There's no question that ABC's "Afterschool Specials" present young viewers with a better world than the one in which they live. Problems of all magnitudes are resolved in less than an hour. But this idealized world is far more pertinent than the counterfeit one of prime-time escapism.
And the programs have an intended effect beyond killing time between commercial breaks. They try to reassure their audience that many of life's crises are less overpowering than they may seem at the time. It could be argued that "Afterschool Specials" and commercials are the most impassioned television on the air; the people who make them have a point they want to put across.
In "Mom and Dad Can't Hear Me," at 4:30 today on Channel 7, several points are made but the central one has to do with truthfulness at the risk of peer group disapproval; 14-year-old Charlotte Meredith moves to a new town and suddenly finds herself ashamed of the fact that her parents are deaf. She betrays them with lies to keep other kids in her class from knowing about them or meeting them.
The emotional texture of this story is refreshingly substantial; those responsible include Rosanna Arquette, who plays Charlotte with flawless vulnerability, Priscilla Pointer and Stephen Elliott as the parents, Susan Myers (of "James at 15") as a friend, director Larry Elikann, and the authors of the screenplay, Irma Reichert and Daryl Warner.
Like many previous "Afterschool Specials," this one was put together by Daniel Wilson Productions. No matter how accomplished Wilson's creative team gets at doing the specials, they've yet to become compromised by slickness. Low budgets only seem to bring out ingenuity, and the sense of purpose is unmistakable. "Mom and Dad Can't Hear Me" is loud and clear.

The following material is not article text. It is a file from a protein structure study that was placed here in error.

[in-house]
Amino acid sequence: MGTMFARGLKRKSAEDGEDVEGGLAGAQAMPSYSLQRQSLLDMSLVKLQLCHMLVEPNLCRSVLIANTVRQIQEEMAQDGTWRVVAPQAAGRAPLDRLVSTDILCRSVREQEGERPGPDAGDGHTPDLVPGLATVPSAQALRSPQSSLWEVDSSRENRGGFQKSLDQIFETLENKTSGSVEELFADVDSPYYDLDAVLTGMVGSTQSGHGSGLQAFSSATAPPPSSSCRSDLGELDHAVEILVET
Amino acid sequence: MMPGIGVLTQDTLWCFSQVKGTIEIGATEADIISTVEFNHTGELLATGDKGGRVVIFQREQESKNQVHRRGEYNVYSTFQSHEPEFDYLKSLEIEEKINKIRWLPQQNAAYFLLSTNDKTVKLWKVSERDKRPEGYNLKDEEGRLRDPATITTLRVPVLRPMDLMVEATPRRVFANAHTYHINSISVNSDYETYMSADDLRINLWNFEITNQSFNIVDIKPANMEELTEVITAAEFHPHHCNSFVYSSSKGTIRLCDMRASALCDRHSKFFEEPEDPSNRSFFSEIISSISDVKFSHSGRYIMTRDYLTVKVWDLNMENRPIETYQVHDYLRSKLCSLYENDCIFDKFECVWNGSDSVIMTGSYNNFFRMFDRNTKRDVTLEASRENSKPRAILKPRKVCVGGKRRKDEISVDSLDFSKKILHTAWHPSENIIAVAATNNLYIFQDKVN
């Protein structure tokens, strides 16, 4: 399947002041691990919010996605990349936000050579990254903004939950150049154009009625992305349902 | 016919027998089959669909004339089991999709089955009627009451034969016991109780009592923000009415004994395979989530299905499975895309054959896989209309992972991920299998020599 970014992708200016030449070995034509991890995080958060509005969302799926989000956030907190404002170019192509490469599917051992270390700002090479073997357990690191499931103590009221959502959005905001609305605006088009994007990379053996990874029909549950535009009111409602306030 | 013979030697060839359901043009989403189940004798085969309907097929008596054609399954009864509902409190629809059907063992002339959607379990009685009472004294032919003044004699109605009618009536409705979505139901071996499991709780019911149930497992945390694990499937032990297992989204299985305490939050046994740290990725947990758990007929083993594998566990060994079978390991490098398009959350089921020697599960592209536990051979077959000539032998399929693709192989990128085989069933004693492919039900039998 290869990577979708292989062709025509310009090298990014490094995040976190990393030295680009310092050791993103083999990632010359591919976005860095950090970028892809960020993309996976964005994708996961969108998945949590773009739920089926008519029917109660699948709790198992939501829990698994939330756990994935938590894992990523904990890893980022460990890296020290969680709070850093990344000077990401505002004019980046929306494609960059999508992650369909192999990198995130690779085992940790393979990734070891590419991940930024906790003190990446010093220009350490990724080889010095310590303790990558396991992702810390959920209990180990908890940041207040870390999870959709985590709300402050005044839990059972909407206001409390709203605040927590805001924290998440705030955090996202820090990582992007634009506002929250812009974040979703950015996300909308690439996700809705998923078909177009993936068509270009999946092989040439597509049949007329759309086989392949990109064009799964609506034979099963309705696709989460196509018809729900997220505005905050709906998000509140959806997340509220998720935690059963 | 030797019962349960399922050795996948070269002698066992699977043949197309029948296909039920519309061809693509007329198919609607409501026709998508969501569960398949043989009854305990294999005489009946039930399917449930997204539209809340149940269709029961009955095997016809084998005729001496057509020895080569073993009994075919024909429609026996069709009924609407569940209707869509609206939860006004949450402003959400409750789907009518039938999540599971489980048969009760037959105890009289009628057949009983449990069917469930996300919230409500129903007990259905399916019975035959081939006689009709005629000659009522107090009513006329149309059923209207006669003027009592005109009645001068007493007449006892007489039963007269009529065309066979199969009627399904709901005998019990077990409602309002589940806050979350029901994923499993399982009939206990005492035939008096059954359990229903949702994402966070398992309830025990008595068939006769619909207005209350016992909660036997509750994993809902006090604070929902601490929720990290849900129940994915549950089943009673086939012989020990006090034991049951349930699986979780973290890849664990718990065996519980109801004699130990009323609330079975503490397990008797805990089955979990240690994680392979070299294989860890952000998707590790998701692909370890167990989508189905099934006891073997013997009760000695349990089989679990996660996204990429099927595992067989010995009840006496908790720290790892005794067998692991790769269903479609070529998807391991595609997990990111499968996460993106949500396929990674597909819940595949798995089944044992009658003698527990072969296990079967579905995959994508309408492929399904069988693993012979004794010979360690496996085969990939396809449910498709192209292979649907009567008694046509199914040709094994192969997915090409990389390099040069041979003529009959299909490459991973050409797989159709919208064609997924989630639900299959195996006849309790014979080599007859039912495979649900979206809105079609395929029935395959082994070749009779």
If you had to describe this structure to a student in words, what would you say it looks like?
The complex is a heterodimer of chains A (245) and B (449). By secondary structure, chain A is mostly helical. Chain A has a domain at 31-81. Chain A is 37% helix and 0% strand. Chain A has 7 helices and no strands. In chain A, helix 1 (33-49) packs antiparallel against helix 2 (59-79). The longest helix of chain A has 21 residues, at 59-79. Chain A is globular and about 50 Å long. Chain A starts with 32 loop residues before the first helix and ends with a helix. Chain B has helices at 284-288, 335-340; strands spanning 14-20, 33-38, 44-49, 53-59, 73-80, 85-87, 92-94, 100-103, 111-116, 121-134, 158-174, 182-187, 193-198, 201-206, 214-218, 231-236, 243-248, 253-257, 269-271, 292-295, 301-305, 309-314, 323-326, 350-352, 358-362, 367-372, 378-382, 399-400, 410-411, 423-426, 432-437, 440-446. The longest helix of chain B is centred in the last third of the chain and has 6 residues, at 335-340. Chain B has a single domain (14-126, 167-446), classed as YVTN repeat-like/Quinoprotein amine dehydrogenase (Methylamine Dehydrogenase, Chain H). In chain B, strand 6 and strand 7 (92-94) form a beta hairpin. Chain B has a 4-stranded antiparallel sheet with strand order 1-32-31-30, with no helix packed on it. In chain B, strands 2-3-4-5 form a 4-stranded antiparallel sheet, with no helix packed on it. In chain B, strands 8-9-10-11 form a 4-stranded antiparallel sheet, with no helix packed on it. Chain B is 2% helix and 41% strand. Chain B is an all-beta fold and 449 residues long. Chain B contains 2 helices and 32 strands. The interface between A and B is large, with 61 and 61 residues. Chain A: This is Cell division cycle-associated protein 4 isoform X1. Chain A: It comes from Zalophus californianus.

One sour note is in order: ABC's over zealous on-air promotion department advertised this special as if it were a lurid potboiler. The promotion people are accustomed to trying to make junk sound appetizing; it's no wonder they didn't know how to handle this baby. 'Between the Wars'
A new book from broadcast historian Erik Barnouw suggests "The Sponsor" always has been and continues to be the bogeyman of television, but what amounts of a 16-week refutation of that contention begins tonight at 7:30 on Channel 9 and many other local stations throughout the country as Mobil Oil presents "Between the Wars," a series initiated and fully sponsored by the company.
"Versailles: The Lost Peace" opens the series, with host-narrator Eric Sevareid, who always comes across as an unchallengeable authority on everything, recalling the tragic seeds sewn at the peace conference that was supposed to settle World War I but only made World War II inevitable.
The era is brought to visual is through stills, film clips (researches David Thaxton reviewed 1 million feet of film in six months for the series) and such bric-a-brac as the doodles made at the peace table Secretary of State Robert Lansing.
From the ideally plaintive wail of Gershwin's "Rhapsody in Blue" that opens the program, "Between the Wars" manages to evoke not only the facts and faces but the ephemeral melancholy mood of the time. It promises to be an exemplary series, especially for a time period usually dominated by the likes of "Names That Tune," and one in which The Sponsor can take unqualified pride.